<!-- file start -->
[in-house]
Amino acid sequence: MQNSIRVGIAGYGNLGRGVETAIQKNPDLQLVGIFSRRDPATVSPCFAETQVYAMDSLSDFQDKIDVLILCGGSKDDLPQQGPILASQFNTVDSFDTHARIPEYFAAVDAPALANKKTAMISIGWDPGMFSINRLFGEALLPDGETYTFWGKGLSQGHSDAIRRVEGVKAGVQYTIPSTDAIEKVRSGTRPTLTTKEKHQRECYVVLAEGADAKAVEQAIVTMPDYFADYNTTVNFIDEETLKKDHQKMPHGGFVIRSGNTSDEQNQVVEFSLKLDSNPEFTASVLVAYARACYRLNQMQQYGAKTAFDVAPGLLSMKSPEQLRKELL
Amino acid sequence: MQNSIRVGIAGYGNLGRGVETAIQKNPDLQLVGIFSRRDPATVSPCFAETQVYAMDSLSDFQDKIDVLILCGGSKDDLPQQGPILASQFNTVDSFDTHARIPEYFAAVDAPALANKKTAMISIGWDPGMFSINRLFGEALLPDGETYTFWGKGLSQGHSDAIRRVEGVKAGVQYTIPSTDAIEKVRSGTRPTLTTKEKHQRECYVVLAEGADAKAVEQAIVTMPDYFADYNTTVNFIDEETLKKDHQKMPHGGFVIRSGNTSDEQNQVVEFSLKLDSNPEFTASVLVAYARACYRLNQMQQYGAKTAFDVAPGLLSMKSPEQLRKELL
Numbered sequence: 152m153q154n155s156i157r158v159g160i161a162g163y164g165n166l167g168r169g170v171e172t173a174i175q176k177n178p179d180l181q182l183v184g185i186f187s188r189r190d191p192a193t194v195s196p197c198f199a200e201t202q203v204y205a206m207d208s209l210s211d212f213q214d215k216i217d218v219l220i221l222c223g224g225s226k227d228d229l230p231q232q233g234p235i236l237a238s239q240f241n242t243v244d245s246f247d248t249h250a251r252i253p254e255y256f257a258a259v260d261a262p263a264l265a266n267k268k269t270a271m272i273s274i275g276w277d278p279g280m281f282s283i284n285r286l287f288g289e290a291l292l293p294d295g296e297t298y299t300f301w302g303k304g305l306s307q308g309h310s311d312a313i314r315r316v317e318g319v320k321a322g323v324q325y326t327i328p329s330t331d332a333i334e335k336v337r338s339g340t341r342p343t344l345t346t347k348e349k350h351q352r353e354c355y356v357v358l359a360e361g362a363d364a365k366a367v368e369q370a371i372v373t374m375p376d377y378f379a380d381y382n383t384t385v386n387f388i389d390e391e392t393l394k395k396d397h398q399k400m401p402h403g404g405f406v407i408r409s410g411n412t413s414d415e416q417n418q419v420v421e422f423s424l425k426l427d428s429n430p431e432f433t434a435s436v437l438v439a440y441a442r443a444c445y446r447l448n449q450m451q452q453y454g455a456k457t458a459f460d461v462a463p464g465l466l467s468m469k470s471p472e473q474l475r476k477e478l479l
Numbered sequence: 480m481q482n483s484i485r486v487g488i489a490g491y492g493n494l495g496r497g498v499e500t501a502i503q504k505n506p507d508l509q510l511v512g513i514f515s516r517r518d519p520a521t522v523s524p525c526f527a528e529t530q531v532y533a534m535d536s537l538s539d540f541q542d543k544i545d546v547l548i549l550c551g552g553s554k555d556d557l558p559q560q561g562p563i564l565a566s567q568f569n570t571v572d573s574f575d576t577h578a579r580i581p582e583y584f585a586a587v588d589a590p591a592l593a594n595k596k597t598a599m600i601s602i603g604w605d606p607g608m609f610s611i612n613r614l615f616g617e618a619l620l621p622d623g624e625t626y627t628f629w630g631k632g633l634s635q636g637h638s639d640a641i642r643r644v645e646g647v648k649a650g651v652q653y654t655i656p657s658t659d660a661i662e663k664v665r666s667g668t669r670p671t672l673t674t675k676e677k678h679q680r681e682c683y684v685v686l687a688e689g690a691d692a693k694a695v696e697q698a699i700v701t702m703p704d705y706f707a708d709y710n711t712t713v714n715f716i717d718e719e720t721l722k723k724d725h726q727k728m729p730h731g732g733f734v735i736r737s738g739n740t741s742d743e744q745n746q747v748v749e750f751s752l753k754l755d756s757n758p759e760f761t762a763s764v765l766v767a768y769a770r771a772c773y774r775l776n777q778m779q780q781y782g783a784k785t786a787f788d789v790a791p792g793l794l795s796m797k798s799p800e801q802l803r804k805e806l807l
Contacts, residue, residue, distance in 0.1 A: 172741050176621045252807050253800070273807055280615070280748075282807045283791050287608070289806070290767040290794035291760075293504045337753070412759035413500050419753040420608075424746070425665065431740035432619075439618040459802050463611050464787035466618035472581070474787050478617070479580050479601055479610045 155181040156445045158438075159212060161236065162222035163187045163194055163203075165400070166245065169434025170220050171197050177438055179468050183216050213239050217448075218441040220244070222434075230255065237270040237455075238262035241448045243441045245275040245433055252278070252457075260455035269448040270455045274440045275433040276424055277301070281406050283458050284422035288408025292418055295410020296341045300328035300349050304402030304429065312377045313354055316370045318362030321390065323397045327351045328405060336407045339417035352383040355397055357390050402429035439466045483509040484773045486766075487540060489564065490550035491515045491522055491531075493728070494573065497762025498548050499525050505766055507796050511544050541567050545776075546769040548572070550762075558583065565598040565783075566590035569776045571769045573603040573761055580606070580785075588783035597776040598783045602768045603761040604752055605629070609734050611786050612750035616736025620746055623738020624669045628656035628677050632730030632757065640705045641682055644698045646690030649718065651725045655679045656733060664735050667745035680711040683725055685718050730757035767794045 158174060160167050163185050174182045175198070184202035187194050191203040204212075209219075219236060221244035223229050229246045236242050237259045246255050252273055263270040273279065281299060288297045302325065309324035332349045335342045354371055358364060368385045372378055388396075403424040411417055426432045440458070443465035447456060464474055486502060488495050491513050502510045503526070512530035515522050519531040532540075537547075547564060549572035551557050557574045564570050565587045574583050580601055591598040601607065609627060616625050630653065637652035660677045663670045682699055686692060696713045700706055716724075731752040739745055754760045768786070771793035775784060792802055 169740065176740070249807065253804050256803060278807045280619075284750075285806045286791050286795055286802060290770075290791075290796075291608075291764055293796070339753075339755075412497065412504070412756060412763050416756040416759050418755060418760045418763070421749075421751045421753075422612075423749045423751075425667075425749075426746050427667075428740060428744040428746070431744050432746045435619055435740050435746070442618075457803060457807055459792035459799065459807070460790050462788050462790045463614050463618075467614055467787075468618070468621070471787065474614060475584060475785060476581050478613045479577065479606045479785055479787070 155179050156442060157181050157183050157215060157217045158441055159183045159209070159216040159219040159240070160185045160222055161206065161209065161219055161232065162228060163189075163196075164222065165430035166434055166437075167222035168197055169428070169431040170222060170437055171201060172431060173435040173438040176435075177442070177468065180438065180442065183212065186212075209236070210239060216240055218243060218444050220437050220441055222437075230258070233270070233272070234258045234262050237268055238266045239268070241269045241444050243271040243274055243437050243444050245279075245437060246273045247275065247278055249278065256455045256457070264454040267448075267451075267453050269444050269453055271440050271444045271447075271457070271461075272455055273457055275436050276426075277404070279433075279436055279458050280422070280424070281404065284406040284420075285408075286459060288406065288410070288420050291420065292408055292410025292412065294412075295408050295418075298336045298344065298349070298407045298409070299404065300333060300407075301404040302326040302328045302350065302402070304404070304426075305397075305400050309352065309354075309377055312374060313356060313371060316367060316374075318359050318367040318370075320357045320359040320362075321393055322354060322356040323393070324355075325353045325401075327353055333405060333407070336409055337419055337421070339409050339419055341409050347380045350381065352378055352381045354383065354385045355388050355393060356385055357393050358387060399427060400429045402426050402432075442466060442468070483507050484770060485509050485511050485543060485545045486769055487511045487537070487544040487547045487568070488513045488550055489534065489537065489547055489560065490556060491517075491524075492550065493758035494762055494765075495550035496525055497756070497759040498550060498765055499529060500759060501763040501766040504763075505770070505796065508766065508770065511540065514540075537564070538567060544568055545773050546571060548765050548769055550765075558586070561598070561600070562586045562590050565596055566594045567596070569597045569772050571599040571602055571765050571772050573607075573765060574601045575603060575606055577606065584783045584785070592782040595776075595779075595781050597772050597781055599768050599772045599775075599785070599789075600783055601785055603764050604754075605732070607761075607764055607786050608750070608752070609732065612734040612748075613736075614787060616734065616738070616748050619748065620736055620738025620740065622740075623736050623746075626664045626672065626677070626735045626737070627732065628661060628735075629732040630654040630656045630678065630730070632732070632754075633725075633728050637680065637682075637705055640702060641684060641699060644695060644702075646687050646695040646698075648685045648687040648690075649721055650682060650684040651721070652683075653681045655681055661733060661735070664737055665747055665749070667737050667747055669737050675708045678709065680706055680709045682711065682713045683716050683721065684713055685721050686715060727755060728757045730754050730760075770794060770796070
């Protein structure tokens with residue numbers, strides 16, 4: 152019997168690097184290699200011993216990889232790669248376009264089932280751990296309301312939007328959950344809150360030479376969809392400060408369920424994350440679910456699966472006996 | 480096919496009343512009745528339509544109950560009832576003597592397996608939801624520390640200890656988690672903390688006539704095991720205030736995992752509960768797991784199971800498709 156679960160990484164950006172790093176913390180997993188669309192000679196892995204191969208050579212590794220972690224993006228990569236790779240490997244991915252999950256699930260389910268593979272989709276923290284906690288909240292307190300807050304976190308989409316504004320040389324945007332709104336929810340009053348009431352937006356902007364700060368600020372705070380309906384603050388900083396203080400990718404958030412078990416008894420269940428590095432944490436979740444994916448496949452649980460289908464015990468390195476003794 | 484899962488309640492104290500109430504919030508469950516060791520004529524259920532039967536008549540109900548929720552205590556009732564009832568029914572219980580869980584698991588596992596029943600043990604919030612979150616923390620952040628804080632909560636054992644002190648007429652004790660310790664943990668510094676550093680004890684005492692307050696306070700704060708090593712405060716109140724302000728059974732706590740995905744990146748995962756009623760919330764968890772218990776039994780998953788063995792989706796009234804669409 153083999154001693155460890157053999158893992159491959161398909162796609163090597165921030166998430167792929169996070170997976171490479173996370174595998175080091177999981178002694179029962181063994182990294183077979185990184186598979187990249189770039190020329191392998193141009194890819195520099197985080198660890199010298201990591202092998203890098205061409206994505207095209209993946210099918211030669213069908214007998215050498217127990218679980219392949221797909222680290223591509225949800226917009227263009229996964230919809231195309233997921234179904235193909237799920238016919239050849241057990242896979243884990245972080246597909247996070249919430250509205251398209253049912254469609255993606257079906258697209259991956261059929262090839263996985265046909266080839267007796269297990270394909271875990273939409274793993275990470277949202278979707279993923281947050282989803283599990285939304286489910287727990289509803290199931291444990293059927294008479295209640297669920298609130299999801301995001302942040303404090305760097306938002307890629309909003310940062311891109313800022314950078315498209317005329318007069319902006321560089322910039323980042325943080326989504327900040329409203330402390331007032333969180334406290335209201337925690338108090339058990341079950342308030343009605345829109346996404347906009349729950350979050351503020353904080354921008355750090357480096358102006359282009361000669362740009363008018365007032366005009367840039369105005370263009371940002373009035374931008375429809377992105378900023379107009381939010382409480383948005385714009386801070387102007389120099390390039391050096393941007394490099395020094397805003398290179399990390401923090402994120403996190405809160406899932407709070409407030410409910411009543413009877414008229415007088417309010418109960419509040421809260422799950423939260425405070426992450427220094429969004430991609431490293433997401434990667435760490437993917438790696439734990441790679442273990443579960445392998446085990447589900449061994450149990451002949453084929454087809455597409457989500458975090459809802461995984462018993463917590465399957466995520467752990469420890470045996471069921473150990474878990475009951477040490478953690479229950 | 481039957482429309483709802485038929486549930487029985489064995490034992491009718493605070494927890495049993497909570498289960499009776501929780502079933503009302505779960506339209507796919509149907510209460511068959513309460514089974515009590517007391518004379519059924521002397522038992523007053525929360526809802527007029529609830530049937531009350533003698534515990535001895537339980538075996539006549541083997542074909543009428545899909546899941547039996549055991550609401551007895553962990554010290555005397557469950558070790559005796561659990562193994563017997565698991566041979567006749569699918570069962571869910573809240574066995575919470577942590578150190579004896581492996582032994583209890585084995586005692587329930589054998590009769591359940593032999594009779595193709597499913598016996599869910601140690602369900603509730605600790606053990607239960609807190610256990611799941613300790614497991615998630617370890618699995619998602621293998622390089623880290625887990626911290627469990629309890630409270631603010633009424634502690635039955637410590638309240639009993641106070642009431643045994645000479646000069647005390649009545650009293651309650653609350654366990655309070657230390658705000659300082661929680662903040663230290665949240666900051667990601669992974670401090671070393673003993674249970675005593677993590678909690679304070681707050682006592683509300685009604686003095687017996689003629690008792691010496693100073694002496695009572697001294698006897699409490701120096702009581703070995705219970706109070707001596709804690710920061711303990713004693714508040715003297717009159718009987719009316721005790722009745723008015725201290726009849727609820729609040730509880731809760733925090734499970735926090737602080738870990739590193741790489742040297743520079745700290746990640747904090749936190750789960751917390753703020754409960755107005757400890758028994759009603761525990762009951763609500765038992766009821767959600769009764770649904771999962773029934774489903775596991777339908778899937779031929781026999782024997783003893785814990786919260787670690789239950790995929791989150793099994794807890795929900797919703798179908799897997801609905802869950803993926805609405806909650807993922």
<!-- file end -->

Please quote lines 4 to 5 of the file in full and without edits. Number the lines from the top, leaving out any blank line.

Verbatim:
Numbered sequence: 152m153q154n155s156i157r158v159g160i161a162g163y164g165n166l167g168r169g170v171e172t173a174i175q176k177n178p179d180l181q182l183v184g185i186f187s188r189r190d191p192a193t194v195s196p197c198f199a200e201t202q203v204y205a206m207d208s209l210s211d212f213q214d215k216i217d218v219l220i221l222c223g224g225s226k227d228d229l230p231q232q233g234p235i236l237a238s239q240f241n242t243v244d245s246f247d248t249h250a251r252i253p254e255y256f257a258a259v260d261a262p263a264l265a266n267k268k269t270a271m272i273s274i275g276w277d278p279g280m281f282s283i284n285r286l287f288g289e290a291l292l293p294d295g296e297t298y299t300f301w302g303k304g305l306s307q308g309h310s311d312a313i314r315r316v317e318g319v320k321a322g323v324q325y326t327i328p329s330t331d332a333i334e335k336v337r338s339g340t341r342p343t344l345t346t347k348e349k350h351q352r353e354c355y356v357v358l359a360e361g362a363d364a365k366a367v368e369q370a371i372v373t374m375p376d377y378f379a380d381y382n383t384t385v386n387f388i389d390e391e392t393l394k395k396d397h398q399k400m401p402h403g404g405f406v407i408r409s410g411n412t413s414d415e416q417n418q419v420v421e422f423s424l425k426l427d428s429n430p431e432f433t434a435s436v437l438v439a440y441a442r443a444c445y446r447l448n449q450m451q452q453y454g455a456k457t458a459f460d461v462a463p464g465l466l467s468m469k470s471p472e473q474l475r476k477e478l479l
Numbered sequence: 480m481q482n483s484i485r486v487g488i489a490g491y492g493n494l495g496r497g498v499e500t501a502i503q504k505n506p507d508l509q510l511v512g513i514f515s516r517r518d519p520a521t522v523s524p525c526f527a528e529t530q531v532y533a534m535d536s537l538s539d540f541q542d543k544i545d546v547l548i549l550c551g552g553s554k555d556d557l558p559q560q561g562p563i564l565a566s567q568f569n570t571v572d573s574f575d576t577h578a579r580i581p582e583y584f585a586a587v588d589a590p591a592l593a594n595k596k597t598a599m600i601s602i603g604w605d606p607g608m609f610s611i612n613r614l615f616g617e618a619l620l621p622d623g624e625t626y627t628f629w630g631k632g633l634s635q636g637h638s639d640a641i642r643r644v645e646g647v648k649a650g651v652q653y654t655i656p657s658t659d660a661i662e663k664v665r666s667g668t669r670p671t672l673t674t675k676e677k678h679q680r681e682c683y684v685v686l687a688e689g690a691d692a693k694a695v696e697q698a699i700v701t702m703p704d705y706f707a708d709y710n711t712t713v714n715f716i717d718e719e720t721l722k723k724d725h726q727k728m729p730h731g732g733f734v735i736r737s738g739n740t741s742d743e744q745n746q747v748v749e750f751s752l753k754l755d756s757n758p759e760f761t762a763s764v765l766v767a768y769a770r771a772c773y774r775l776n777q778m779q780q781y782g783a784k785t786a787f788d789v790a791p792g793l794l795s796m797k798s799p800e801q802l803r804k805e806l807l